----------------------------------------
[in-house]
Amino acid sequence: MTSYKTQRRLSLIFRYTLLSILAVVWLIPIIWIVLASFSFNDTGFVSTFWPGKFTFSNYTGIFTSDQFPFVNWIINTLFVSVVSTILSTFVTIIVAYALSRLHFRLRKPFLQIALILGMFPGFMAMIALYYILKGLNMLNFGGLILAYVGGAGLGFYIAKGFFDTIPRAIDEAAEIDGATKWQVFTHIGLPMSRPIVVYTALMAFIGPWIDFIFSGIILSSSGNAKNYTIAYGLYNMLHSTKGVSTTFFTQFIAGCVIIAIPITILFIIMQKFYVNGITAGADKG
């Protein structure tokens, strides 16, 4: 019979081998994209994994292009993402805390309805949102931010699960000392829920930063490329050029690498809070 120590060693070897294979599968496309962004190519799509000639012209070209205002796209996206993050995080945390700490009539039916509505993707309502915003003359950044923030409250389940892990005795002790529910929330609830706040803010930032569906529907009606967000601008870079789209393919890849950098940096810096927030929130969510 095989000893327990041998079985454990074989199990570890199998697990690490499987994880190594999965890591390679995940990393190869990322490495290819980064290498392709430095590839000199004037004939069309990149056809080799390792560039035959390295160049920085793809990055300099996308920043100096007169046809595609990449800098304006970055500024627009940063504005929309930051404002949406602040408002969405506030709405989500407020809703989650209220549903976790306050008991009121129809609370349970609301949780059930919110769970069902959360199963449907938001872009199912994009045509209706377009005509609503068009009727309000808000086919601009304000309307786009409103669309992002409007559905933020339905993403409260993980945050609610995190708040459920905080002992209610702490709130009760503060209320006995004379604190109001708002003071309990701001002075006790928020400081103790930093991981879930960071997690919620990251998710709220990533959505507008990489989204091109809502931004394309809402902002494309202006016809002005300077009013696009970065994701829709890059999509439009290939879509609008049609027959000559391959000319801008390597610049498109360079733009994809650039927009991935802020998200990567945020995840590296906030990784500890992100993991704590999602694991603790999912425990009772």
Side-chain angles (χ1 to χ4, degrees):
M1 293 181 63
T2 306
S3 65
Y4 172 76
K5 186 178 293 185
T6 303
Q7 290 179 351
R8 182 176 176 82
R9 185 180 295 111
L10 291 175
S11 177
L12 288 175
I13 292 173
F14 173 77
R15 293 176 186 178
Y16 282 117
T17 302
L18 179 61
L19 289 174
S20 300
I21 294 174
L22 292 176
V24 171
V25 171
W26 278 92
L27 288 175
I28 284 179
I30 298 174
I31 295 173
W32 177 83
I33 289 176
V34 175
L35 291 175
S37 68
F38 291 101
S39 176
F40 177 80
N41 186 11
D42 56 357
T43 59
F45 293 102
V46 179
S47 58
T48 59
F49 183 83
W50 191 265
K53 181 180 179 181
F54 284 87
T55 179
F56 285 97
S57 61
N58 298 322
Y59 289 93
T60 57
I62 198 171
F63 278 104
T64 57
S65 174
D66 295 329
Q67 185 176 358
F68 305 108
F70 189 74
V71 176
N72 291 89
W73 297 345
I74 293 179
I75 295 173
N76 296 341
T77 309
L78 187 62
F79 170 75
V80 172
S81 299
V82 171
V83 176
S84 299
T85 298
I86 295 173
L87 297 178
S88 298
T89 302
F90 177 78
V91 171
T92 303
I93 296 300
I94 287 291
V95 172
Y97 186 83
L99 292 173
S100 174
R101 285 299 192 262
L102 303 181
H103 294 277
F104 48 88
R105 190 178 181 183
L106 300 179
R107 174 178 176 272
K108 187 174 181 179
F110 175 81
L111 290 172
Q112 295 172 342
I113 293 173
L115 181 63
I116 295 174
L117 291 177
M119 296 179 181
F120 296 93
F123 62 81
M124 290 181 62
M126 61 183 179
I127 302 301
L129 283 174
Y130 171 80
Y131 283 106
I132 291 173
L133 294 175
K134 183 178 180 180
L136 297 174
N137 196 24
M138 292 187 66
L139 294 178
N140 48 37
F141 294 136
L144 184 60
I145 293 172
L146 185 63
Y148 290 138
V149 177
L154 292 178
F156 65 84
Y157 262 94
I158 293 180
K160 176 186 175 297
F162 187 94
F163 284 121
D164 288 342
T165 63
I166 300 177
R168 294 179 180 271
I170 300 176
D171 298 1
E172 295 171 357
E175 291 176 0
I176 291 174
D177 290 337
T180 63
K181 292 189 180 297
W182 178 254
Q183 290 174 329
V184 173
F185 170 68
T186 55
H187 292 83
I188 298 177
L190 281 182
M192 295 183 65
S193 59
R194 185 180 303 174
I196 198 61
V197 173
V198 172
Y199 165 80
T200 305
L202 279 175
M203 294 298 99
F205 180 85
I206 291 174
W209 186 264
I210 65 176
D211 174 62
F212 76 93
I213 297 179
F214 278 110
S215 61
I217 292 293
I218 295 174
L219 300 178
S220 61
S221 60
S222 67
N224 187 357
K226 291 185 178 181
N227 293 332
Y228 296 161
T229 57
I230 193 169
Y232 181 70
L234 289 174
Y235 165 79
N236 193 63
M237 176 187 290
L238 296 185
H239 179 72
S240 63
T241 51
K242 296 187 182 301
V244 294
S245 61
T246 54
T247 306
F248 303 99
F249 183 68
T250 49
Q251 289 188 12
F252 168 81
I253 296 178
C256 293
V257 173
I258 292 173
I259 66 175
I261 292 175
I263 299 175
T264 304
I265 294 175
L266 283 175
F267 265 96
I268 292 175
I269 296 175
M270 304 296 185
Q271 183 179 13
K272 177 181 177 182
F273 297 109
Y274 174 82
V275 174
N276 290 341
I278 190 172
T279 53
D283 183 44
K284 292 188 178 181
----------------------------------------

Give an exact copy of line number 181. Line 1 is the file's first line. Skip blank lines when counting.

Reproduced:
L219 300 178